Conclusion and outlook

Antitrust Division staff has been engaged extensively in case cooperation with enforcement agencies in the Americas and around the world, building upon and strengthening relationships along the way. The successful outcomes of cases such as Bayer/Monsanto exemplify both the strength and the value of these relationships, and the Antitrust Division is committed to continuing its international cooperation efforts. In the policy arena, the Antitrust Division continues to support and promote, and play an active role in, multilateral organisations such as the ICN and the OECD, which provide crucial platforms for the exchange of ideas, helping to sharpen and improve policies and ultimately to improve antitrust enforcement. Consistent with, and indeed complementing, principles and guidelines adopted by these organisations, the division will continue to promote through bilateral and multilateral agreements, such as the proposed MFP, effective and efficient antitrust enforcement based on sound principles and procedural fairness.


1 US Census Bureau, ‘Top Trading Partners – December 2017’, available at https://www.census.gov/foreign-trade/statistics/highlights/top/top1712yr.html.

2 Press Release, US Department of Justice, 'Justice Department Secures Largest Negotiated Merger Divestiture Ever to Preserve Competition Threatened by Bayer's Acquisition of Monsanto' (29 May 2018), available at https://www.justice.gov/opa/pr/justice-department-secures-largest-merger-divestiture-ever-preserve-competition-threatened.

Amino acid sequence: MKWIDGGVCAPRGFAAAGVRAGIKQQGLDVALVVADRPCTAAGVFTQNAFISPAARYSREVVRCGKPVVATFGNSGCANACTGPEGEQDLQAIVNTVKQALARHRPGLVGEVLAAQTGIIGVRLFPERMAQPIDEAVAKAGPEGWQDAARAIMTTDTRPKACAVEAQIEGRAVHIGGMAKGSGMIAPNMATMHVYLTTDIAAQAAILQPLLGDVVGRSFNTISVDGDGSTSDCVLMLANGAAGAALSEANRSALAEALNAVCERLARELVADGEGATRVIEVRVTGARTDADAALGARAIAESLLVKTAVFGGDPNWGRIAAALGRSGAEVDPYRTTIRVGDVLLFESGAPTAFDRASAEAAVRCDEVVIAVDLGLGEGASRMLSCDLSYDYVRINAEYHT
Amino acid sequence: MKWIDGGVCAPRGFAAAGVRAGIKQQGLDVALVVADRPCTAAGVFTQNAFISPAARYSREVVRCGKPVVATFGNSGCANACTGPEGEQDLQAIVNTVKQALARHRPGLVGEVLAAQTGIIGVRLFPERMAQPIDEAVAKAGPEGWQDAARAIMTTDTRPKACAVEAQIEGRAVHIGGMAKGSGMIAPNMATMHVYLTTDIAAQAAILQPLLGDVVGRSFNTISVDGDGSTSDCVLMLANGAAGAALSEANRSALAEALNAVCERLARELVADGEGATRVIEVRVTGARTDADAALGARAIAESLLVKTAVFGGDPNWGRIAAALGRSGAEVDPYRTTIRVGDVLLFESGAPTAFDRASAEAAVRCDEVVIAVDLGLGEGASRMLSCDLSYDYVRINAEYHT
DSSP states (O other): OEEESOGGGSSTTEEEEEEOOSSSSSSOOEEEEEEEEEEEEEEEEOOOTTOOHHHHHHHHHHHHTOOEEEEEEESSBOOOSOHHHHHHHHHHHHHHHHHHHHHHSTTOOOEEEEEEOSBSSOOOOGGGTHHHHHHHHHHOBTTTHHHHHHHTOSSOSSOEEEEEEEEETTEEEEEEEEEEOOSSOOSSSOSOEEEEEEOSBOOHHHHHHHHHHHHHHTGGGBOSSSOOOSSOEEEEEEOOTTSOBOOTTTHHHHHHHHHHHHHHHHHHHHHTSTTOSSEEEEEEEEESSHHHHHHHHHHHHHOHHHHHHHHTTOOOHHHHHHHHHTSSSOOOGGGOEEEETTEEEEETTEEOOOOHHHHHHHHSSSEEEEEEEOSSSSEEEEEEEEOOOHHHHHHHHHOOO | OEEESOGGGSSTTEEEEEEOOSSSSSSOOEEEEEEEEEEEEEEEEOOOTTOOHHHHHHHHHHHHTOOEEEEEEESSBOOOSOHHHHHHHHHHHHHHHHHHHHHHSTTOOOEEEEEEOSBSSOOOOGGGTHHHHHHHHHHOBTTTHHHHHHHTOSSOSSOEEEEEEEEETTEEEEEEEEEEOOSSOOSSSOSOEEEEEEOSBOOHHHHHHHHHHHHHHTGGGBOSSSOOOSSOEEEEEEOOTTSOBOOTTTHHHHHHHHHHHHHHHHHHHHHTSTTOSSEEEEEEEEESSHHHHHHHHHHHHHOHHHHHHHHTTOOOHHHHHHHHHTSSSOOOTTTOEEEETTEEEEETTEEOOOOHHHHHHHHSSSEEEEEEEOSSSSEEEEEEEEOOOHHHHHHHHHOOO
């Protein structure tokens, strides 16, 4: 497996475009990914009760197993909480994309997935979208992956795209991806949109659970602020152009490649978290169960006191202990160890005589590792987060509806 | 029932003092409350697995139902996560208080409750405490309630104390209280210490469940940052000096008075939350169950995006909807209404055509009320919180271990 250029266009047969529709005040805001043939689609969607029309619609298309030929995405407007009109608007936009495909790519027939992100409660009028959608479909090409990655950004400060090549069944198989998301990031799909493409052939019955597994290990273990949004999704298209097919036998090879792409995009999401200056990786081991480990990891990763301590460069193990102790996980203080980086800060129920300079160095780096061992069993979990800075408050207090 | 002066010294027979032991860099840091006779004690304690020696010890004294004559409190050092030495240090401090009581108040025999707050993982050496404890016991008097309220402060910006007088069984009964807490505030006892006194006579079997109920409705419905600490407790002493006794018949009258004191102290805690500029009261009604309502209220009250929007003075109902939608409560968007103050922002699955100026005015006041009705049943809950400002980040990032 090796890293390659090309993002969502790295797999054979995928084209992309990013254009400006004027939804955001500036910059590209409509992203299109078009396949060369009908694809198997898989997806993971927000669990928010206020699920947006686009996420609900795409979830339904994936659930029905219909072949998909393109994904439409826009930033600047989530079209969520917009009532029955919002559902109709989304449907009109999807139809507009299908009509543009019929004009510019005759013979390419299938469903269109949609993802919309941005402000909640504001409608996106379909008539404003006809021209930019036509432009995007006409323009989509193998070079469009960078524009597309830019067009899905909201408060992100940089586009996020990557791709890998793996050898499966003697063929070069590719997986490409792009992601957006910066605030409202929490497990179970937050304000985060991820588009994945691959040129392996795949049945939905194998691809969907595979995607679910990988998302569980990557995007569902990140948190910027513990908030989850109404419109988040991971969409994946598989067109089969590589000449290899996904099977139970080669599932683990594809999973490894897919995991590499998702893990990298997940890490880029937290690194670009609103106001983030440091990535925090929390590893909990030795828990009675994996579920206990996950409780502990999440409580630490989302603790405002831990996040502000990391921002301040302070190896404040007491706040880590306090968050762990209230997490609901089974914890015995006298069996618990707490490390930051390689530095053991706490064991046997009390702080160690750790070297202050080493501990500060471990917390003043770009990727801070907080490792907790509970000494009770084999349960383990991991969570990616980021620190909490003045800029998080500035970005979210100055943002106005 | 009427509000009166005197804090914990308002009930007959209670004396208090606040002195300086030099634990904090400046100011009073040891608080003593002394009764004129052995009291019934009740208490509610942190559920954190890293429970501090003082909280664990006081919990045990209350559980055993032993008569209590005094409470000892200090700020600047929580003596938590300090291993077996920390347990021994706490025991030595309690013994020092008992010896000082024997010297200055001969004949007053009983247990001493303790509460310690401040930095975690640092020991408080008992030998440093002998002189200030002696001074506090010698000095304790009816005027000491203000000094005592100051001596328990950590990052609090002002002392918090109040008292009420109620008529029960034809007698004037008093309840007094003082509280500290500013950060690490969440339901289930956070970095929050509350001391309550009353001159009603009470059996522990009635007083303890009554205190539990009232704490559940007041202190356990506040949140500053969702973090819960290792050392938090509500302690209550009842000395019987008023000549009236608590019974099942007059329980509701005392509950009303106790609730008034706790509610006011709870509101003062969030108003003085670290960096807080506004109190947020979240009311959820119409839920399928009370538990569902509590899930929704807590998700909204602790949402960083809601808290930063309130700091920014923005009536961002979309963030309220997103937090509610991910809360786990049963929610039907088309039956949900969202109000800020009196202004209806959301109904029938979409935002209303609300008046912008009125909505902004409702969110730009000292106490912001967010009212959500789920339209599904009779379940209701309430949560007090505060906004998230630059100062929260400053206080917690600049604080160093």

3 US Department of Justice and Federal Trade Commission, 'Antitrust Guidelines for International Enforcement and Cooperation' (13 January 2017), available at https://www.justice.gov/atr/internationalguidelines/download.

4 Id at p 37.

5 Makan Delrahim, 'International Antitrust Policy: Economic Liberty and the Rule of Law', Remarks as Prepared for Delivery at 'Antitrust in Developing Countries: Competition Policy in a Politicized World', NYU School of Law and Concurrences (27 October 2017), available at https://www.justice.gov/opa/speech/file/1007231/download.

6 Press Release, US Department of Justice, 'International Competition Network Adopts Guiding Principles for Procedural Fairness and New Recommendations for Merger Review' (23 March 2018), available at https://www.justice.gov/opa/pr/international-competition-network-adopts-guiding-principles-procedural-fairness-and-new.

7 ICN, 2018 ICN Annual Conference Materials, 'ICN Guiding Principles for Procedural Fairness in Competition Agency Enforcement', available at http://icn2018delhi.in/images/AEWG-Guiding-Principles-4PF.pdf.

8 ICN, 2018 ICN Annual Conference Materials, 'ICN Guidance on Investigative Process', available at http://icn2018delhi.in/images/AEWG-New-GIP.pdf.

9 OECD, 'Scoping note on Transparency and Procedural Fairness as a long-term theme for 2019–2020' (23 April 2018), available at http://www.oecd.org/officialdocuments/publicdisplaydocumentpdf/?cote=DAF/COMP/WD(2018)6&docLanguage=En.

10 Press Release, US Department of Justice, 'Assistant Attorney General Makan Delrahim Delivers Remarks on Global Antitrust Enforcement at the Council on Foreign Relations' (1 June 2018), available at https://www.justice.gov/opa/speech/assistant-attorney-general-makan-delrahim-delivers-remarks-global-antitrust-enforcement.